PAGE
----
Susan Collins needs to put on her big girl pants. She is not entitled to her seat by divine right. We can and we will try to take it from her in this thing called elections. She won and she gets to crow, but she needs to grow up and get over her hurt feelings that someone like Chuck Schumer dared to challenge her position.
Politico: “A frustrated slice of the GOP conference is attempting to hamstring the House by refusing to allow quick passage of non-controversial bills — instead forcing every member to cast their vote on the floor and sometimes adding extra procedural votes.”
“In some ways, the GOP’s tactics are an escalation of how hard-line conservatives have exercised their power for years … But Democrats warn that this latest gambit from the right could erode one of the last vestiges of bipartisanship in the House … Democrats argue that attempting to force House votes late into the night for little purpose other than agitation could dramatically slow the chamber’s work for years to come.”
“Forty House Republicans on Wednesday voted against Rep. Marjorie Taylor Greene’s latest motion to adjourn, yet another sign her party is growing increasingly frustrated with the Georgia Republican’s procedural delay tactics,” The Hill reports.
“That figure was more than double the 18 Republicans who voted against her motion last week to end House business for the day.”
Wall Street Journal: “In recent weeks, the Manhattan district attorney’s office has issued new subpoenas and requested recordings of local government meetings related to the Trump Organization’s failed attempt to create a luxury subdivision at Seven Springs, a 213-acre property that the former president bought for $7.5 million in 1995.
“Mr. Trump has valued the property at up to $291 million in financial statements that the New York attorney general’s office, which is also investigating Seven Springs, said were given to financial institutions. Inflating assets to help secure loans or other financial benefits can be a state criminal offense.”
Michael Cohen told Reuters he was scheduled for a seventh interview later today with the Manhattan district attorney’s office pursuing a criminal investigation into former President Donald Trump.
Associated Press: “The conservatives’ relentless focus on culture wars rather than the new president highlights both their strategy for regaining power in Washington and their challenge in doing so. Unlike previous Democratic leaders, Biden himself simply isn’t proving to be an easy target or animating figure for the GOP base, prompting Republicans to turn to the kind of cultural issues the party has used to cast Democrats as elitist and out of touch with average Americans.”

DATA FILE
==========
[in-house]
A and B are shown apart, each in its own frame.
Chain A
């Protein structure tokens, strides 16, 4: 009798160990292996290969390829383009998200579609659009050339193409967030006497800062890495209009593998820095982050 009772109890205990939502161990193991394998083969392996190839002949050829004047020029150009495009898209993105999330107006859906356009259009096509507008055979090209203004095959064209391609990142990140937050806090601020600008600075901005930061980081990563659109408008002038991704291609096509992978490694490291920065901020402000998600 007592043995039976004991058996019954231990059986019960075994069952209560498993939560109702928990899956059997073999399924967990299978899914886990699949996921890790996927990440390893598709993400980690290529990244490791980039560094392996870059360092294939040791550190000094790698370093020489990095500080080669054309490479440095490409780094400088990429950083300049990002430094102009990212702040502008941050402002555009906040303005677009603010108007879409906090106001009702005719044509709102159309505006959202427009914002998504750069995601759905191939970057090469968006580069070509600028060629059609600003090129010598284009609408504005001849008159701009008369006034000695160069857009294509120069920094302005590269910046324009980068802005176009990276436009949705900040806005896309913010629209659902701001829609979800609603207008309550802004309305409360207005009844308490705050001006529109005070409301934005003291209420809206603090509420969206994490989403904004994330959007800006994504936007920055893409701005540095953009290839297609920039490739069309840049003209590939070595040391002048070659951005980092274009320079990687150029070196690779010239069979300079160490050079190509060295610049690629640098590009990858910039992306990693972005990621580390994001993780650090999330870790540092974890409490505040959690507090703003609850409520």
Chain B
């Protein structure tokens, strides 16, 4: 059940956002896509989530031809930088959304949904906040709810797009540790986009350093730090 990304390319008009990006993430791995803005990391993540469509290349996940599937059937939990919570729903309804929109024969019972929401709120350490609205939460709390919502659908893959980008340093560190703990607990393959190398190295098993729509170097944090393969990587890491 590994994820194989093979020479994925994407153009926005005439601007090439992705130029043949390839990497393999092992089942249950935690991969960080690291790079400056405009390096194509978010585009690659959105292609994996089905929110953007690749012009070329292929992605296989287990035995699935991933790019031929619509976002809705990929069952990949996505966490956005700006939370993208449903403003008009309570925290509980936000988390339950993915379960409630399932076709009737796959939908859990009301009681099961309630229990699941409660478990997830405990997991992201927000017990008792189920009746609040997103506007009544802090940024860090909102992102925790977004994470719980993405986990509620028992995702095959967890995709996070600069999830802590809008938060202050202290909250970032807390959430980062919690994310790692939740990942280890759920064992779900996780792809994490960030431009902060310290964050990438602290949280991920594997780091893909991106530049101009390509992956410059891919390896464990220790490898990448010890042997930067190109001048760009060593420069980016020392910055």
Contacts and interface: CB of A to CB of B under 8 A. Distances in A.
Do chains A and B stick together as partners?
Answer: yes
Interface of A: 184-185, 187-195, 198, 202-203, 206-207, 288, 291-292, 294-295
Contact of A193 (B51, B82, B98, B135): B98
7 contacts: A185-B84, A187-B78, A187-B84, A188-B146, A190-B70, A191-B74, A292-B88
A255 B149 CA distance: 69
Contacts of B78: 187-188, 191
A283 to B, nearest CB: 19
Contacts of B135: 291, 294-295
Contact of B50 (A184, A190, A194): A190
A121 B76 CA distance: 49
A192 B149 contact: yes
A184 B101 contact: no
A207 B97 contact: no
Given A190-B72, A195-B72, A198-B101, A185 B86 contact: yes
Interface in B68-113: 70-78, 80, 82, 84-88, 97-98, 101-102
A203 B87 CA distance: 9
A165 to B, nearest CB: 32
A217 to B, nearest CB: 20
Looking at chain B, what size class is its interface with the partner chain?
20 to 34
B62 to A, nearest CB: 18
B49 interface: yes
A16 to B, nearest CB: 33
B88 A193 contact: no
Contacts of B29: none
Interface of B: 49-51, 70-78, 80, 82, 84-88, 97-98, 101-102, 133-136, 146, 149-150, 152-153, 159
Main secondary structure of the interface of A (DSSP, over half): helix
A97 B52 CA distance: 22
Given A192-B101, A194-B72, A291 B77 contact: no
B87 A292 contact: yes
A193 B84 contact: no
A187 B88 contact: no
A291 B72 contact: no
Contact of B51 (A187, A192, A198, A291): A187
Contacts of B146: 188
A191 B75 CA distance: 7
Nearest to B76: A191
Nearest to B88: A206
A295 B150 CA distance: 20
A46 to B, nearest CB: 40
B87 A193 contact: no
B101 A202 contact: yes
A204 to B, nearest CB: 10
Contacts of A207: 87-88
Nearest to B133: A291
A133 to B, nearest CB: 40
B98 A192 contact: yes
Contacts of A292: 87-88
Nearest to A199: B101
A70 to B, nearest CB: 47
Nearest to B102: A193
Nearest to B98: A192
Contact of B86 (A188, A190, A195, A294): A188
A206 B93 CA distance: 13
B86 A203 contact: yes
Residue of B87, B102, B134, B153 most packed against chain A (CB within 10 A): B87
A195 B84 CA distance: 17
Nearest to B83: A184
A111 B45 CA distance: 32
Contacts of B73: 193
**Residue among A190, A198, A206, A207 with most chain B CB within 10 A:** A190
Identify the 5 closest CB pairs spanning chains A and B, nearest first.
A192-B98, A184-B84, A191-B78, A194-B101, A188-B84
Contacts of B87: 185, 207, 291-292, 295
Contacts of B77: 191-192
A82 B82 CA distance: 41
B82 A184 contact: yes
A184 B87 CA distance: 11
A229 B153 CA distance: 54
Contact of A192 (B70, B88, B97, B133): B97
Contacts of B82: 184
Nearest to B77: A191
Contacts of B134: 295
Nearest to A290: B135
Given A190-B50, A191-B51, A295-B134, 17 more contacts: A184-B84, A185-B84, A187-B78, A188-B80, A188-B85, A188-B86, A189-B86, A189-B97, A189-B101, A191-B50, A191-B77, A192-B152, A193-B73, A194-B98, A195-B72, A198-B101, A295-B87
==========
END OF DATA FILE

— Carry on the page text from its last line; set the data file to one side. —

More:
“The challenge is a continuation of the 2020 campaign, when then-President Trump struggled to land a consistent attack on Biden. The branding of Biden as ‘sleepy’ never stuck in the same way as Trump’s derision of Hillary Clinton as ‘crooked’ in 2016. Other GOP efforts to define Biden as a radical or to attack his mental acuity also didn’t resonate.”
Sen. Rick Scott (R-FL) said “he’s worried that interest rates and inflation will rise as a result of greater government borrowing once President Joe Biden’s $1.9 trillion stimulus package becomes law,” Bloomberg reports.
Said Scott: “There is a day of reckoning here — you can’t just raise debt. They don’t want to talk about how they’re going to pay for it, and now they’re going to want to go do an infrastructure bill.”
“This is about the Democrats don’t believe that deficits matter anymore. They’ve got control, so they’re going to spend as much money as they can.” — Sen. John Kennedy (R-LA), suddenly concerned about deficits in an interview with The Hill.
Arkansas Gov. Asa Hutchinson (R) signed a bill into law Tuesday banning almost all abortions in the state, except for when a pregnant person’s life is in danger.
The Oklahoma House of Representatives passed a bill aimed at protecting drivers who hit protestors while “fleeing a riot,” KOCO reports.
“Heaven forbid we pass something that’s going to help the damn workers in the United States of America… Now stop talking about Dr. Seuss, and work with us.”
— Rep. Tim Ryan (D-OH), yelling at the GOP on the House floor over a union organizing bill.
President Biden will announce today that he has directed his administration to purchase an additional 100 million doses of the Johnson & Johnson coronavirus vaccine, the New York Times reports.
Biden’s goal is to secure enough supply to vaccinate children and — if necessary — administer booster shots to increase protection against new variants of the virus.